Cleveland’s big men have left a lot to be desired, as the Cavs rank 26th in rebounds per game, 22nd in blocks per game and 22nd in overall defense. Teams often dominate the glass and get easy baskets in the paint against Cleveland, and the team’s frontcourt just got even weaker now that Anderson Varejao has been ruled out for the remainder of the season due to a ruptured Achilles tendon.

What options do the Cavaliers have as they look to add a rim protector? Here are 10 big men whom Cleveland should target:

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How John Wall is Becoming a Wizard with the Ball

By Jessica Camerato

Pass-first.

Aggressive.

Involved.

The same words were echoed among the Washington Wizards when describing John Wall. In his fifth NBA season, the 24-year-old point guard is establishing himself as one of the best at his position. His stat line tells a story of individual excellence; the Wizards’ 21-8 record tells a more significant one.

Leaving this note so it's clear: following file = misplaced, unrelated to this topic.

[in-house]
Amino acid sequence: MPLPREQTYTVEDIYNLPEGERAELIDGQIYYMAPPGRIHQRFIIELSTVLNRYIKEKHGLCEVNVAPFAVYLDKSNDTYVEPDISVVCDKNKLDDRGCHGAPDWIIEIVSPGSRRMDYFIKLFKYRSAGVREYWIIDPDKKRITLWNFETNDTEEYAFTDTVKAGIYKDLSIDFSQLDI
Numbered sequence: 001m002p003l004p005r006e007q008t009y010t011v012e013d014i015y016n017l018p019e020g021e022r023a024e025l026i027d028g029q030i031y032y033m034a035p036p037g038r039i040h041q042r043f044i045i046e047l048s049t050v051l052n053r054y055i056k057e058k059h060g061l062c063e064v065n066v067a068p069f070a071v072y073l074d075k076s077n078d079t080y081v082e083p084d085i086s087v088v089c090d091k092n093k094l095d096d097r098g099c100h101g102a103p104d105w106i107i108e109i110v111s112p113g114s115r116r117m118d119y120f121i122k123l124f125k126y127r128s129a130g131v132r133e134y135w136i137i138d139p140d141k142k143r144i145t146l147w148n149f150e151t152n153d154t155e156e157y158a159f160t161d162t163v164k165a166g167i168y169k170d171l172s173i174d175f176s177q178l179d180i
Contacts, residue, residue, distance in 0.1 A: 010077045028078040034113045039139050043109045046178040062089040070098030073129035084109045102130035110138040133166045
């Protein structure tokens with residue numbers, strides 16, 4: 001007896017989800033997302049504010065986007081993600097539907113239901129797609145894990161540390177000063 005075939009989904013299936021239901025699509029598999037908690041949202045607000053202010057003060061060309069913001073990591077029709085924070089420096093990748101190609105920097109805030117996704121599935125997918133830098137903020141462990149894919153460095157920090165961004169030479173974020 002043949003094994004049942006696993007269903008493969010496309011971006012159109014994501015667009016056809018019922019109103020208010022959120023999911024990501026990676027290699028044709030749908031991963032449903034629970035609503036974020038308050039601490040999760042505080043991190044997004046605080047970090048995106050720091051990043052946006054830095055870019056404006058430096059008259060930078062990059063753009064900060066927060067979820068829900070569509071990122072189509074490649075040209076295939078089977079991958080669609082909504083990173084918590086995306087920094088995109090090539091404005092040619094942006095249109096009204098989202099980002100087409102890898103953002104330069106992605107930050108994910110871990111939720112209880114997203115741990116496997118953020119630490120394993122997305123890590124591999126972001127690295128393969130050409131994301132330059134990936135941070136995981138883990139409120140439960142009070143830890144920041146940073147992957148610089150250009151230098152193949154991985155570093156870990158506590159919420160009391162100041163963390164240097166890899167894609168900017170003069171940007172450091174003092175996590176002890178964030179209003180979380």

Wall has the Wizards winning, a statement that couldn’t be said in years past, with a style of basketball that has the entire team reaching success.

“John is literally becoming one of the best point guards in the league, if not the best right now,” Marcin Gortat said.

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Which Teams Need to Upgrade Their Rotation?

By Nate Duncan

When evaluating the prospects of NBA teams, the focus is so often on their top-end talent. Rightly so, considering the impossibility of winning without it. But another often overlooked variable is the number of actively bad players getting rotation minutes.

With the rise of plus/minus based metrics, we can see more than ever the impact of subpar players on good teams’ bottom lines. For squads with rotational black holes like these, the addition of even a competent NBA rotation player can have an enormous stabilizing effect.

Keep in mind that you won’t see a team like, say, Cleveland on this list. They really need a starting big who can protect the rim, and that’s a much bigger piece than we are talking about here. The idea here is teams that could make a minor deal and improve by adding a competent cog to keep replacement-level players out of the lineup.

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Hawks Might Be NBA’s Best Kept Secret

By Lang Greene